A Week in Education
Civitas, a right-wing think-tank, said teachers are being used to achieve social goals instead of giving pupils a solid grounding in academic subjects.
The report received extensive coverage in the Daily Telegraph . "Learning ruined by political meddling in schools," it read. Civitas said that the most popular history syllabus invites pupils to write about September 11 from the terrorists' point of view and study speeches by Osama Bin Laden without material from the United States to balance it.
a fresh debate on school tests was sparked when the General Teaching Council called for them to be scrapped for the under-16s.
A story in the Observer quoted a GTC report which said a fundamental and urgent review of the testing regime was needed.
As we reported in March, the GTC believes the tests for 7, 11 and 14-year-olds distort the curriculum and add to pupil stress.
Alan Johnson, the Education Secretary, dismissed the calls, insisting the tests improve attainment and provide accountability for parents.
When a sample proves ample, page 20 children as young as five should be taught about drug abuse, accor-ding to Gordon Brown. The prime minister in waiting admitted that the standard of drugs education in schools was "pretty poor", when addressing the TUC in London. He said the number of young people experimenting with drugs was a major challenge and that it was too late to wait until secondary school to tackle the problem.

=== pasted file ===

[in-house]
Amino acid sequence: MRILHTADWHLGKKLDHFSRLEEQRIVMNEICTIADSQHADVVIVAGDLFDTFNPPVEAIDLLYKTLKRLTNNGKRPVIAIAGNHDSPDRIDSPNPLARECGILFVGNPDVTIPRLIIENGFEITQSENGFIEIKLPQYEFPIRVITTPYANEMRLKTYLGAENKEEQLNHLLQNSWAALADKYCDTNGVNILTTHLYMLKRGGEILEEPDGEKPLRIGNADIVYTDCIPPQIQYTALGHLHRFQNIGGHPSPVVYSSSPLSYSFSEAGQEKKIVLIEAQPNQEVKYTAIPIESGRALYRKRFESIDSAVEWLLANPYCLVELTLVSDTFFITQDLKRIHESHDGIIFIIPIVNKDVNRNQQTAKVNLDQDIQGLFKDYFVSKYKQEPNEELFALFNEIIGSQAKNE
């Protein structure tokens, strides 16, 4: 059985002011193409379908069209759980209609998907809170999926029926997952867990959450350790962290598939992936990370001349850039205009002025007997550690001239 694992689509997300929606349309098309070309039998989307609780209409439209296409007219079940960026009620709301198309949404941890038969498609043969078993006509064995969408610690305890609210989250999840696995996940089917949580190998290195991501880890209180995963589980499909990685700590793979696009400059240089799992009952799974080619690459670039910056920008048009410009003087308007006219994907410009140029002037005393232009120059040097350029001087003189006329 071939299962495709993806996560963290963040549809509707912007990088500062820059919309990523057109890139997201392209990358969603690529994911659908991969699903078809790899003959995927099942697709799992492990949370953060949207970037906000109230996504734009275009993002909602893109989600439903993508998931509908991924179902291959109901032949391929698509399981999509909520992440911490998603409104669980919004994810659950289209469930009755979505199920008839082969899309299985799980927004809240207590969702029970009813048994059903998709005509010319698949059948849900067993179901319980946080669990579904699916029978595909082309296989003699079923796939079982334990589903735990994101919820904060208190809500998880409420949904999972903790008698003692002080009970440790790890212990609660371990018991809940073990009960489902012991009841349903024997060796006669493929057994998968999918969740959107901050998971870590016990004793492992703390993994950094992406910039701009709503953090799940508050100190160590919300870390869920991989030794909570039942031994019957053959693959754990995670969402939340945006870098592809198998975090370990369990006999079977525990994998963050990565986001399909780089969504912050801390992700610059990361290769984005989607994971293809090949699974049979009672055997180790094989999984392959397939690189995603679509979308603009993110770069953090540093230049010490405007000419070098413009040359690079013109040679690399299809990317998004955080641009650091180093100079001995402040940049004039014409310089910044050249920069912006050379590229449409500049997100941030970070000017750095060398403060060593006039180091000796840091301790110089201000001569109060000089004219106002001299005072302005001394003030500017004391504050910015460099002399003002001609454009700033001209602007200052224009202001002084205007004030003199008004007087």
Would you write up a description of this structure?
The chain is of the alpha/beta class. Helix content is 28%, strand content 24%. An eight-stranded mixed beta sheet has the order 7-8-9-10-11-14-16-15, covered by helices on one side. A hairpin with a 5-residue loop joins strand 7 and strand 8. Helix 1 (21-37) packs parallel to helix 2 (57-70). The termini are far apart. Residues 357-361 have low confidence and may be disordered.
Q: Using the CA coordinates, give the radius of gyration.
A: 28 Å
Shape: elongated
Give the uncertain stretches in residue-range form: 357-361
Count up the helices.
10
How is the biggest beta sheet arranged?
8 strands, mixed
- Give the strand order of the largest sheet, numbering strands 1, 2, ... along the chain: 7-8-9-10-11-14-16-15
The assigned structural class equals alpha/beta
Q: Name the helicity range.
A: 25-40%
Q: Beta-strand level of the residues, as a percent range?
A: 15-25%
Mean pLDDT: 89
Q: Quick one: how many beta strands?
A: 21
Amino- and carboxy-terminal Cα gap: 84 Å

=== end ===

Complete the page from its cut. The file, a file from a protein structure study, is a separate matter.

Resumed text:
teachers are taking an average of two weeks in sick days a year, new figures released this week show.
More than 300,000 teachers took a total of 2.88 million days off, Jim Knight, the schools minister, said. The NUT said teachers were stressed: many were working in excess of 60 hours a week. The union also said teachers are prone to contagious illnesses from children.
children from disadvantaged families can be a year behind middle-class children in their educational development by the time they are three years old, research reveals. The Institute of Education study found children of graduate parents were 12 months ahead in their understanding of letters, numbers and colours compared to children from families with few educational qualifications.
Labour's plan to train 2,000 music teachers hits false note Sunday Telegraph
Going into pun overdrive, the Sunday Telegraph claims that a pound;2 million government scheme to train 2,000 primary music teachers has "failed to strike a chord with potential applicants". It claims that "only 760 people" have so far applied for the scheme, which was launched last autumn.
In fact, this lament in a minor key is slightly premature. All 760 applications had been received within a month of the course opening. It seems likely that the target of 2,000 trainees will be reached by November, when registration closes. It ain't over till the fat lady sings.